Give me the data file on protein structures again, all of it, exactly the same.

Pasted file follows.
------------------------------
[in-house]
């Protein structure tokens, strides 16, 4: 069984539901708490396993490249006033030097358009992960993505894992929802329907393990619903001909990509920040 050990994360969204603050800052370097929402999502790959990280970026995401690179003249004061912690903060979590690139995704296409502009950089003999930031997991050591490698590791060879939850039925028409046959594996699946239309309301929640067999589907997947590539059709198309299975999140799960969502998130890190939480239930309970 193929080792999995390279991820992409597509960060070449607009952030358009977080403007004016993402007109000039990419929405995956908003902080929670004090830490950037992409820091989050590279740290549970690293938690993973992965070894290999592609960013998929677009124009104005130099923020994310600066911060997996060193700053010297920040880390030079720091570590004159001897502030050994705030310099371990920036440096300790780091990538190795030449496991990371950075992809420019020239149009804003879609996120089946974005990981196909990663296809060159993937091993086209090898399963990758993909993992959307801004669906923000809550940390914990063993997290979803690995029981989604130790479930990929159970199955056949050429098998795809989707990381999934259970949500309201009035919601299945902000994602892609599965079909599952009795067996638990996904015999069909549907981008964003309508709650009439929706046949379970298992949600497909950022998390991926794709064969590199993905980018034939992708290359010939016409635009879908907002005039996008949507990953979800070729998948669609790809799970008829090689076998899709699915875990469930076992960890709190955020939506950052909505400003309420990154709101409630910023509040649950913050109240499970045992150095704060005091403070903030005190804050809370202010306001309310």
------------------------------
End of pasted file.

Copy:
[in-house]
């Protein structure tokens, strides 16, 4: 069984539901708490396993490249006033030097358009992960993505894992929802329907393990619903001909990509920040 050990994360969204603050800052370097929402999502790959990280970026995401690179003249004061912690903060979590690139995704296409502009950089003999930031997991050591490698590791060879939850039925028409046959594996699946239309309301929640067999589907997947590539059709198309299975999140799960969502998130890190939480239930309970 193929080792999995390279991820992409597509960060070449607009952030358009977080403007004016993402007109000039990419929405995956908003902080929670004090830490950037992409820091989050590279740290549970690293938690993973992965070894290999592609960013998929677009124009104005130099923020994310600066911060997996060193700053010297920040880390030079720091570590004159001897502030050994705030310099371990920036440096300790780091990538190795030449496991990371950075992809420019020239149009804003879609996120089946974005990981196909990663296809060159993937091993086209090898399963990758993909993992959307801004669906923000809550940390914990063993997290979803690995029981989604130790479930990929159970199955056949050429098998795809989707990381999934259970949500309201009035919601299945902000994602892609599965079909599952009795067996638990996904015999069909549907981008964003309508709650009439929706046949379970298992949600497909950022998390991926794709064969590199993905980018034939992708290359010939016409635009879908907002005039996008949507990953979800070729998948669609790809799970008829090689076998899709699915875990469930076992960890709190955020939506950052909505400003309420990154709101409630910023509040649950913050109240499970045992150095704060005091403070903030005190804050809370202010306001309310």